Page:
Turkey set for tough campaign period ahead of referendum on charter amendments
AA photoTurkey is set for a tough referendum campaign period as parties take to the stage to persuade the electorate to vote “yes” or “no” on constitutional amendments shifting Turkey to an executive presidential system, as the Supreme Election Board (YSK) announced the date for the vote as April 16.
YSK head Sadi Güven on Feb. 11 confirmed the date after President Recep Tayyip Erdoğan on Feb. 10 approved the 18-article amendment that will bestow extensive powers on the president, who will exercise all the authorities of the prime minister and cabinet and possess the authority to issue decrees, appoint vice presidents and cabinet members from outside parliament.
Speaking ahead of his visit to a number of Gulf countries, Erdoğan on Feb. 12 said the campaign period should be used to “inform the public” about the presidential system, which he has long targeted. In line with this attempt “to introduce the novelties that the system change will bring,” the president will take part in a series of nationwide rallies.
Hinting that current polls did not have “yes” in front, Erdoğan said the current period is “not right” to carry out polls before parties have taken to the field to campaign.
“At the moment I don’t think our people have come to the point where they can understand the presidential system clearly. We have to explain this [presidential system] clearly,” he said.
Erdoğan also stated that the referendum should be seen as a “response” to the July 15, 2016 coup attempt in Turkey, claiming that “the position of those who will say ‘no’ in the referendum could mean siding with July 15.”
Prime Minister Binali Yıldırım said on Feb. 10 that “the final decision belongs to the nation.”
“Our citizens will evaluate these changes conducted by our parliament and signed by our president ... We think a good step was taken for our country’s future,” said Yıldırım.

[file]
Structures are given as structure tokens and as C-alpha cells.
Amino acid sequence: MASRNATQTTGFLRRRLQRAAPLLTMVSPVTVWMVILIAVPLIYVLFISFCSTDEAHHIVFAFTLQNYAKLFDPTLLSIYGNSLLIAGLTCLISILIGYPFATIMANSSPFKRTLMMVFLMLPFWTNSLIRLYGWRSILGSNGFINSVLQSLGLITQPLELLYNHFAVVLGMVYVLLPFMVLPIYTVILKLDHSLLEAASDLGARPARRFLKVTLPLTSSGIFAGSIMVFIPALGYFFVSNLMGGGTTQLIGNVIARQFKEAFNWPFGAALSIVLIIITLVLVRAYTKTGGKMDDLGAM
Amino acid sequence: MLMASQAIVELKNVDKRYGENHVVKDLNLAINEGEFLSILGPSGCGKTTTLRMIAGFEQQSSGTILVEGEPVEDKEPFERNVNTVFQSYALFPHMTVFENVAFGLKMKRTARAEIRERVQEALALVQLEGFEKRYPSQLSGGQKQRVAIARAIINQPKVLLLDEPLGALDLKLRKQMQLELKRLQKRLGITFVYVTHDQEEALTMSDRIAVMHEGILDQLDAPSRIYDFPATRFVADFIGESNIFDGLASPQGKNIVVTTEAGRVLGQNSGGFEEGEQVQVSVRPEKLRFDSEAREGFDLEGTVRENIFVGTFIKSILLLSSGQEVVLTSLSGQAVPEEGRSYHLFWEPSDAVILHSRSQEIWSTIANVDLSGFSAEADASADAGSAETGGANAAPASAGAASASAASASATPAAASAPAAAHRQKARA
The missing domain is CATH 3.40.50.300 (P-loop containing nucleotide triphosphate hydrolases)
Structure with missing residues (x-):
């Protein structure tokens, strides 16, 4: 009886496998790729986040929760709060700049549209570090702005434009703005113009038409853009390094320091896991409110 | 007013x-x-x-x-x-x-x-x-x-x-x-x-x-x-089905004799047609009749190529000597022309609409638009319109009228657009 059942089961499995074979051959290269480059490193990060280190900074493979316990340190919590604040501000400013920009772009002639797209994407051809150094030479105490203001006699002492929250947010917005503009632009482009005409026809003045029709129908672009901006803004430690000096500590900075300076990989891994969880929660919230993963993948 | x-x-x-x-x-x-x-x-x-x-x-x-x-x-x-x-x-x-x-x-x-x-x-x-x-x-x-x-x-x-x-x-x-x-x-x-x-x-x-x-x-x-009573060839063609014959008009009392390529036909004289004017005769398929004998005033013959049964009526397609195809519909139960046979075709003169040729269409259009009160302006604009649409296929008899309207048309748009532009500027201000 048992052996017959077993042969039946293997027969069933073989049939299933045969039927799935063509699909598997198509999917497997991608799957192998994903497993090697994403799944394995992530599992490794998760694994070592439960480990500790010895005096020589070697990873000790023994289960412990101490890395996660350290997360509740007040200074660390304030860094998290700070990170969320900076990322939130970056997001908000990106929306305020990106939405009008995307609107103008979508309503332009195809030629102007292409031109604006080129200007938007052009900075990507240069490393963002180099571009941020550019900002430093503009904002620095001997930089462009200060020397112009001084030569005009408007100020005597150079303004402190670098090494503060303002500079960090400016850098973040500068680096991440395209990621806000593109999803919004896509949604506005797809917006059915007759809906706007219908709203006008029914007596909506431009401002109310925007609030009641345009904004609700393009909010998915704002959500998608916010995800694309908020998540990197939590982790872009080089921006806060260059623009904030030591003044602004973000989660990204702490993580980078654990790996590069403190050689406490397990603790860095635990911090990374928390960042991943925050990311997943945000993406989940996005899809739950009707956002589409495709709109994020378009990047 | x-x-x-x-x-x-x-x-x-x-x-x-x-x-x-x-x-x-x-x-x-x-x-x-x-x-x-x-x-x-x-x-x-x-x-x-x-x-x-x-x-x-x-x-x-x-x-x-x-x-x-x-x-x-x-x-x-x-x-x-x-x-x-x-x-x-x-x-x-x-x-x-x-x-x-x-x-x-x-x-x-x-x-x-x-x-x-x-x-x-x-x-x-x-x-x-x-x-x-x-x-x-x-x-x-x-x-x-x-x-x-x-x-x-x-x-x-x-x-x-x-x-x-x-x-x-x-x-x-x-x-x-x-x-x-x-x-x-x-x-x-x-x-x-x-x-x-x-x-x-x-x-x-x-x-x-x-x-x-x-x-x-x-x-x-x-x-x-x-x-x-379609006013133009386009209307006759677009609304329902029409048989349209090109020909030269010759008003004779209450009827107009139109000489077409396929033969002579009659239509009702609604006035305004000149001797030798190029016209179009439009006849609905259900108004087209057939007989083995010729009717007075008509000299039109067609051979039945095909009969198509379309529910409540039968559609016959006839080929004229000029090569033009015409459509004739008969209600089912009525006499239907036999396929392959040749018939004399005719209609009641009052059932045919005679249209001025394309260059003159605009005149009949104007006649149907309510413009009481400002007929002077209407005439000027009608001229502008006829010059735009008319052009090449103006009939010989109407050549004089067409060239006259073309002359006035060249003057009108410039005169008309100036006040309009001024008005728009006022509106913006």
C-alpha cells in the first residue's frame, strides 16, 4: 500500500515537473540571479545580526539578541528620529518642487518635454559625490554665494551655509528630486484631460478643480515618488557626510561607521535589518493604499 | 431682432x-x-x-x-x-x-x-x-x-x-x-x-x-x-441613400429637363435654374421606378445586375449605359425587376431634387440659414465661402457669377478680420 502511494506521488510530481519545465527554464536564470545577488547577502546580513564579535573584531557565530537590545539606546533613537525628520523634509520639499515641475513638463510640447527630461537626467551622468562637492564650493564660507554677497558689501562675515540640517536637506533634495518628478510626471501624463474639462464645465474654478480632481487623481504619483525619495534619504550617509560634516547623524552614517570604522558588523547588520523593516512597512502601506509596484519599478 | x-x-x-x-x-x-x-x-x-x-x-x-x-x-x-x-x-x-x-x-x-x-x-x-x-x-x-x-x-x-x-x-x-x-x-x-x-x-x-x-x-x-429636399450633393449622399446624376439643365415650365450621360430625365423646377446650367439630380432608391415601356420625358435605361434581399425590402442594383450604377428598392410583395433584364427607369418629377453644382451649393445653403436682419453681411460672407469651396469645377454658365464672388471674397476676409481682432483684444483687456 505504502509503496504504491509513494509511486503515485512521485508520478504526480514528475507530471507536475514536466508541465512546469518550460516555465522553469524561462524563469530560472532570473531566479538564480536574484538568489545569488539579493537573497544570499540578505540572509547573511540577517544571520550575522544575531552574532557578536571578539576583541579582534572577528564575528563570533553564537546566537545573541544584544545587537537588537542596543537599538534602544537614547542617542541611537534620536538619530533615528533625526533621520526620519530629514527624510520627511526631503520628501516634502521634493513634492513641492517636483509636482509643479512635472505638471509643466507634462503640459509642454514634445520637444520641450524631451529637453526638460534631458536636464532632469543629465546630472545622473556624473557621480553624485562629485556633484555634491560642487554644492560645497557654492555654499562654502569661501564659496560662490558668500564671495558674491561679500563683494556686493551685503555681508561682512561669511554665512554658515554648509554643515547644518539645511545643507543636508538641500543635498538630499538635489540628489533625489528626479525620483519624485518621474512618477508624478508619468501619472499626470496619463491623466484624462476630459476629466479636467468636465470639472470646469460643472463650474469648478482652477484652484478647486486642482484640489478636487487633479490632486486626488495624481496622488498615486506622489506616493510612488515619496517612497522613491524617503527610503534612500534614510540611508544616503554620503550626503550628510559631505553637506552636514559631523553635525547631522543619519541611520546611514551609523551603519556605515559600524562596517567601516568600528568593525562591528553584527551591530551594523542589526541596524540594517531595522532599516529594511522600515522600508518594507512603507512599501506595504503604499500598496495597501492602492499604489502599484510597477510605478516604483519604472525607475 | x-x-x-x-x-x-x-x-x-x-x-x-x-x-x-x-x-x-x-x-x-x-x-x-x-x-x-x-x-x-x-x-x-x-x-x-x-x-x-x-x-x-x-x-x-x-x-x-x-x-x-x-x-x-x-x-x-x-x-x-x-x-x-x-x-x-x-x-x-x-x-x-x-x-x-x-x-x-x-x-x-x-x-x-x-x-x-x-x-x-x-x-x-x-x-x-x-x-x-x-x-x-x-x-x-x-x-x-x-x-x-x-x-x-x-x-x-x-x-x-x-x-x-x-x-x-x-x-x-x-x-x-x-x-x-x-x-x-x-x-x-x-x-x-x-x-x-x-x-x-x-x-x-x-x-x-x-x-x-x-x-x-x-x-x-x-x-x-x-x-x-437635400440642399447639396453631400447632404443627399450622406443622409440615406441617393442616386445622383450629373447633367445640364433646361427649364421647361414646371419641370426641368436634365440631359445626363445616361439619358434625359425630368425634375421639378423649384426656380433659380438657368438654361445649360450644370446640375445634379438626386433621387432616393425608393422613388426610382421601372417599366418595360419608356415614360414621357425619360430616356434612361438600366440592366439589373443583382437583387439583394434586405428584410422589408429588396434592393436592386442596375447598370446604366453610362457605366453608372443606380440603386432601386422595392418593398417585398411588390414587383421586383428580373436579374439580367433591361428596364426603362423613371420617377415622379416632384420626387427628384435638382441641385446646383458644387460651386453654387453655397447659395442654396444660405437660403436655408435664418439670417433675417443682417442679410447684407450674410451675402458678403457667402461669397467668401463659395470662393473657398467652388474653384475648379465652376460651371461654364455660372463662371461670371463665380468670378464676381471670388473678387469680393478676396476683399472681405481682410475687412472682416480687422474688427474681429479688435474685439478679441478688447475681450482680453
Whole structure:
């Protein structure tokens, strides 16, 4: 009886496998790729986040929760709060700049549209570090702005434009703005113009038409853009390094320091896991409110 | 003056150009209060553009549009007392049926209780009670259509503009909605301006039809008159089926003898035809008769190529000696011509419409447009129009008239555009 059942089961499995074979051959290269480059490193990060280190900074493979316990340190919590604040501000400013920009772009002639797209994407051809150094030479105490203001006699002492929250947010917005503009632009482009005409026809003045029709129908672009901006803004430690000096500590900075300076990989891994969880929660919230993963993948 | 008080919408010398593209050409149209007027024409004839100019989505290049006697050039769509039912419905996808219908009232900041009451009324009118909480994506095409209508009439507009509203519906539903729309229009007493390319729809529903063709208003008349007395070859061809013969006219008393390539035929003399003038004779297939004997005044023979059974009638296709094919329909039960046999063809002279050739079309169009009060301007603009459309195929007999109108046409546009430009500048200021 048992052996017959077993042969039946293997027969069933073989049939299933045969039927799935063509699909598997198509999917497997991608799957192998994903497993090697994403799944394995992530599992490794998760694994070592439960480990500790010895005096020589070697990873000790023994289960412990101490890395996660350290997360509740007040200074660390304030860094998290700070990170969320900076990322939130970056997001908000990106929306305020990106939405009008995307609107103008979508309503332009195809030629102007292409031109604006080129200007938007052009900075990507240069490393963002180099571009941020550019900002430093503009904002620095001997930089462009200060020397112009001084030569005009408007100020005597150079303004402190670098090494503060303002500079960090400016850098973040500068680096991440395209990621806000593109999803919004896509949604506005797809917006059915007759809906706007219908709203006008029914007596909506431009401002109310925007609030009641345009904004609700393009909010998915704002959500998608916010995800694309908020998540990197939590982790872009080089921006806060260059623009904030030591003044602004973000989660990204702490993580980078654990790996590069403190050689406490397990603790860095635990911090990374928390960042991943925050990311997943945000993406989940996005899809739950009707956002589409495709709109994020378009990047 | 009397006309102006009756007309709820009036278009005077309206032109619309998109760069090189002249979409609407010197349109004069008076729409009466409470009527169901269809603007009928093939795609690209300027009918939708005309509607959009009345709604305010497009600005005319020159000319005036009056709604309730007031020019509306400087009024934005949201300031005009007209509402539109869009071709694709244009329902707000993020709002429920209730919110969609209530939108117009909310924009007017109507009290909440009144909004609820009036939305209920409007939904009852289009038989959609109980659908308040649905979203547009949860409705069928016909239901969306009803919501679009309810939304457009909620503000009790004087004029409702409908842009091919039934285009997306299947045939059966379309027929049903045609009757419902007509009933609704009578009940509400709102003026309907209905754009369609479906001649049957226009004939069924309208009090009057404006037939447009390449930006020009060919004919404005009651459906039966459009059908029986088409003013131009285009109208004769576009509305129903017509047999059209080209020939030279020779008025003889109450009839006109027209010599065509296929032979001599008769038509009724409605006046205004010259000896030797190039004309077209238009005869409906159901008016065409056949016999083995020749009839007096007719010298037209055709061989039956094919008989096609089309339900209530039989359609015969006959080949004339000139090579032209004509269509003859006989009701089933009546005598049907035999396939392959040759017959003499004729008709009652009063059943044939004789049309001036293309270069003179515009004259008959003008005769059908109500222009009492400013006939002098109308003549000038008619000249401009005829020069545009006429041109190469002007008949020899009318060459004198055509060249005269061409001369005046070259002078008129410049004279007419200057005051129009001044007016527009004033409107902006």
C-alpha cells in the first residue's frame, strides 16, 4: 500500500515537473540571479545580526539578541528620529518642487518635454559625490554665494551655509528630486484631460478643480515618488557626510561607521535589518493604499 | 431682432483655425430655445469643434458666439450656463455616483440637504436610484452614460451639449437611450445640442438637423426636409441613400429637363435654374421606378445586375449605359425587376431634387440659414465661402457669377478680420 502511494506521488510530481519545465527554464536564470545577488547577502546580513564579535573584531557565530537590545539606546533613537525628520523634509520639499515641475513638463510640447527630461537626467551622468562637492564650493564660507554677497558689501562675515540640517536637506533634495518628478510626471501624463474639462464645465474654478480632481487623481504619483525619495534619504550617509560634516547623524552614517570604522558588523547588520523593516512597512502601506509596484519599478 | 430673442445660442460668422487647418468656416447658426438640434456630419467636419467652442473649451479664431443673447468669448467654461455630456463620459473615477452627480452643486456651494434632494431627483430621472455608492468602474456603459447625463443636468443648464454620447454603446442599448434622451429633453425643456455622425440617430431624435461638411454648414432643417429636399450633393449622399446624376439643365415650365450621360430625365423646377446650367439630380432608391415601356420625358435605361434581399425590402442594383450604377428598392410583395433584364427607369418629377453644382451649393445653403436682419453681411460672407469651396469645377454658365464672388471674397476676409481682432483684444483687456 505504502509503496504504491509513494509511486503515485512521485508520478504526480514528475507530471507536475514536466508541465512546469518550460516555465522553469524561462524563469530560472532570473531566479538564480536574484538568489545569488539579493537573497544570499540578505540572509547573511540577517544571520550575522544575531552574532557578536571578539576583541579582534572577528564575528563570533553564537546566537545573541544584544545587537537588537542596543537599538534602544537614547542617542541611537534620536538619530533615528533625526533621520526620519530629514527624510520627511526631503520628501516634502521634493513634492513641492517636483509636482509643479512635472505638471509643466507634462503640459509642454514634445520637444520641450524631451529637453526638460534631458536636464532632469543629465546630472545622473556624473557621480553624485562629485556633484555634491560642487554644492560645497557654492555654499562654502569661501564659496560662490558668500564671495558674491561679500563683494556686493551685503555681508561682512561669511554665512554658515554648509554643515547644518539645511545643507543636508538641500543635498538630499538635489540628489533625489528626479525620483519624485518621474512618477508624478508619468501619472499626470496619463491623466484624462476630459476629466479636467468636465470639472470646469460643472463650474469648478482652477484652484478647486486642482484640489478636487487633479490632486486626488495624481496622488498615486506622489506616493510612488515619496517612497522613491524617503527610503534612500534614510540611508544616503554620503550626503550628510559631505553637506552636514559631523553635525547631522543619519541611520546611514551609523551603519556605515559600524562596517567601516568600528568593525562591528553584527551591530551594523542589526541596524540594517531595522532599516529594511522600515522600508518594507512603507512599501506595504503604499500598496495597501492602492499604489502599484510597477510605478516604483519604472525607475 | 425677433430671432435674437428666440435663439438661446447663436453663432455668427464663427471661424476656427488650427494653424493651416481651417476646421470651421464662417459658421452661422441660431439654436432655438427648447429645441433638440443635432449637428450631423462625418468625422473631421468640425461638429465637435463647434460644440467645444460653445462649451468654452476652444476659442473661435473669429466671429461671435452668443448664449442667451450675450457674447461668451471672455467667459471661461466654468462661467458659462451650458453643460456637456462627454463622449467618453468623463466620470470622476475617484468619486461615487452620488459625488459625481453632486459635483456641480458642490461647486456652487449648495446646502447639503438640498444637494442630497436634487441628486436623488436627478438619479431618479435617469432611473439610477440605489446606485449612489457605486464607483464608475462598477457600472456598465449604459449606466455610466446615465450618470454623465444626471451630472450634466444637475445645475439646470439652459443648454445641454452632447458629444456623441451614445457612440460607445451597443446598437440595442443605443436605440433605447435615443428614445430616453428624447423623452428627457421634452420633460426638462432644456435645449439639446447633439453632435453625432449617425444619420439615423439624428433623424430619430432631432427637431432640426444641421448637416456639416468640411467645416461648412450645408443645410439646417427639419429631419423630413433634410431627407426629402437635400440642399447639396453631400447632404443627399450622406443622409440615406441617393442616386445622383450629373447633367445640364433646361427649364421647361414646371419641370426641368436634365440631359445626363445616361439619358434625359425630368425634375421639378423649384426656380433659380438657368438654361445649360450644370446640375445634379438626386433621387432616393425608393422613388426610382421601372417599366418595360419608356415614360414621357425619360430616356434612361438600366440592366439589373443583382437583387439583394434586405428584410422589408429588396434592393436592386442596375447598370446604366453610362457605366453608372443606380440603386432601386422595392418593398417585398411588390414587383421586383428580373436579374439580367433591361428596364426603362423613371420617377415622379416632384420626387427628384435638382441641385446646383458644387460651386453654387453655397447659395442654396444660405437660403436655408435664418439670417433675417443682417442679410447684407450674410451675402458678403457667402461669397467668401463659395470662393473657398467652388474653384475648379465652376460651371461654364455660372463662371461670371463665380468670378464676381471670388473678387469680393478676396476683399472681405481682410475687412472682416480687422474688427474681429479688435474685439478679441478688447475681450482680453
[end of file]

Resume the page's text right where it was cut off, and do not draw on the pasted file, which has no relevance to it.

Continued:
Meanwhile, Nationalist Movement Party (MHP) head Devlet Bahçeli, who also backs the amendments, said his party will carry out its own campaign to call on people to vote “yes” in the referendum, stressing that what is needed now is a “national agreement.”
“What we agree on is national and traditional values. Especially after the coup attempt of FETÖ [the Gülen network], it is unavoidable to make the Republic of Turkey breathe and address the lack of law and wrongdoings prevailing within the state,” Bahçeli said on Feb. 12.
The main opposition Republican People’s Party (CHP), which is set to launch its “no” campaign for the upcoming referendum, has also stepped up its preparations. Speaking on Feb. 10, CHP leader Kemal Kılıçdaroğlu said the ruling party has “no rhetoric” to defend the constitutional change and therefore it had resorted to simply “attacking” the CHP.
He said the reason why it is being attacked is because “the CHP tells the truth to people.”
Speaking on Feb. 11, Prime Minister Yıldırım accused the CHP of speaking “the language of FETÖ members, PKK members, and [Peoples’ Democratic Party] HDP members” in its attempt to promote “no” vote in the referendum.
“[This is] unworthy. The main opposition is supposed to be an alternative to the government. Using the methods of terrorist organizations would only damage them,” Yıldırım said.